leSS.
When the Spanish war broke out It was neces
snrv to purchase colliers and transports. One lum {
dred ami two vessels were bought at :i cost of some- I
thing over $17,000,000, hut they cost a very large ,
percentage more than their mark* t value, and more i
than twice as much as they could have been sold I
for If they had been put on tlx market at the termination
of the war In other words, we paid out
millions of dollars because we had not provided
ourselves with suitable auxiliaries for our battle,
1,1.. - l 1.1
m..|' f miuiiiii ihivc ;i navy adequate for
our needs; not only adcquah in battleships, but
adequate In every other respect.
Surgery on Heart
mirgicai operations upon tin? hoart liavo hecomo
more or loss of a oommonplaco in medical history.
Something approximating 100 rases of th<- sowing
up of hoart wounds are on record, and the? rocovories
have boon oonsldorable when one considers
the highly dangerous character of such work. Hitherto,
however, heart surgery has boon limited to accidont
oases.
In a recent issue of the annals of surgery ono of
the workers at the Rockefeller institute tnr
medical research discusses the possibility of
treating diseased hearts surgically. He has made
numerous experiments on animals and believes
that rucIi operations will be successfully performed
on human beings in the near future. His tests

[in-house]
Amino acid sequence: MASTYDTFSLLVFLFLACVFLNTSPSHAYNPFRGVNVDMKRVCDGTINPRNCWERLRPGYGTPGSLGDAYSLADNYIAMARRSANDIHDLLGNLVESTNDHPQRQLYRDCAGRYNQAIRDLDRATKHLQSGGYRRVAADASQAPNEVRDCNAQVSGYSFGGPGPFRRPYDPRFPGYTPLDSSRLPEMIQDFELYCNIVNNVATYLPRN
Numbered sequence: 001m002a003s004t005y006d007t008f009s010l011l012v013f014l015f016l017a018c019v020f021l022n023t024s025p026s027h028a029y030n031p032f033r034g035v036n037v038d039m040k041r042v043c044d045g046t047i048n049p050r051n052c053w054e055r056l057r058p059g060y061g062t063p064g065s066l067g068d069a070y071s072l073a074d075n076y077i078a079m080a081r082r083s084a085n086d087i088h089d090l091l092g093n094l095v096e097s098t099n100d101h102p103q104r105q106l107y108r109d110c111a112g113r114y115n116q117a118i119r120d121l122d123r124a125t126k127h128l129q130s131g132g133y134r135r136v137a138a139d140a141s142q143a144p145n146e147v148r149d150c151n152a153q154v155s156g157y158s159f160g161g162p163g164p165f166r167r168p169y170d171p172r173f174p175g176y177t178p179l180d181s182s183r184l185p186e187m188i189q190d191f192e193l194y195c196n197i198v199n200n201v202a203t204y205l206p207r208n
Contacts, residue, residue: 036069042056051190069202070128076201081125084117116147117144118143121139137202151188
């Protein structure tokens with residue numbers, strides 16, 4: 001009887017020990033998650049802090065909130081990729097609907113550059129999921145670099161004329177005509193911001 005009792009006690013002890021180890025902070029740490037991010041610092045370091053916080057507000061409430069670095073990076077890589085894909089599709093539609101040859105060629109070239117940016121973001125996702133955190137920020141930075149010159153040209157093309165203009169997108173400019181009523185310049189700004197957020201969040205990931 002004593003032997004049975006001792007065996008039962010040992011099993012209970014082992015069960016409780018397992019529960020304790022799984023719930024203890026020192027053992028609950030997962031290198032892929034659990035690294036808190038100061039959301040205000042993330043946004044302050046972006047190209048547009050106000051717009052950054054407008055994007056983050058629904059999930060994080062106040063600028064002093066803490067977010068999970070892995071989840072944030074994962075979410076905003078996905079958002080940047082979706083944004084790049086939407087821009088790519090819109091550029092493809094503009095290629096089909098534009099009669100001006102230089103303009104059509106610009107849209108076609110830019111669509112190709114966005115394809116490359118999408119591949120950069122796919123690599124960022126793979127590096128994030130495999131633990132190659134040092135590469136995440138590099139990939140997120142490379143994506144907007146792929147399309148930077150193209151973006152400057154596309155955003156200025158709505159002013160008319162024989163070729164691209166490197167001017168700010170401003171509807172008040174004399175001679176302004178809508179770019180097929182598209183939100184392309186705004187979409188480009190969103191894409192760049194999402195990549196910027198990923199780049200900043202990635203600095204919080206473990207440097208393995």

have convinced him that the heart can be opened,
scraped out (cleaned, so to speak), sewed up and
started off on Its "beating" path again without any
great, at least Insuperable, difficulty. By an Ingenious
system of side piping and new channeling
iu* is rune temporarily to cut out of tho circulation
portions of such Important vessels as the descending
aorta the largest artery In tho body, without
killing the animal. Among his suggested operations
is one on the coronary arteries of the heart
for the euro of angina pectoris.
This doctor has apparently proved to his own sat
Isfaction on animals thnt successful surglcnl interference
with the great vessels and the henrt Itself
Is a possibility. It Is. of course, a long step from
those experiments to actual operations on human
beings, but there Is every indication that the latter
feat will bo attempted in the near future. The in
iniciamniy or carciinc artectlons and thoir high fatality
iuako the proposed now surgery a thing of
grent general Interest, and may Justify the extreme
boldness of the proposal.
-
f^QWOTEKl 1
I.by WILBUR p. NEmfl I
ANNUAL
PROBLEM
n-nyyy^TJW ITT-?wra^vramrH?is??gM
!( Ii':ui'-<I tiis 1 > :?<I upon lils hand (
Anil thouuht with d< |> dlnnay
About tl tilings 11 in I he must K>'t
To give on Christmas day. <
"The i-iKik," In- sighed, "must have thl ,
host j
t know how to seloct, !
Or otl rwlse sho'li 'i'". and then .
()ur household will l>e wrecked.
"Tito sooond ulrl must have a Rift
That will delight hor heart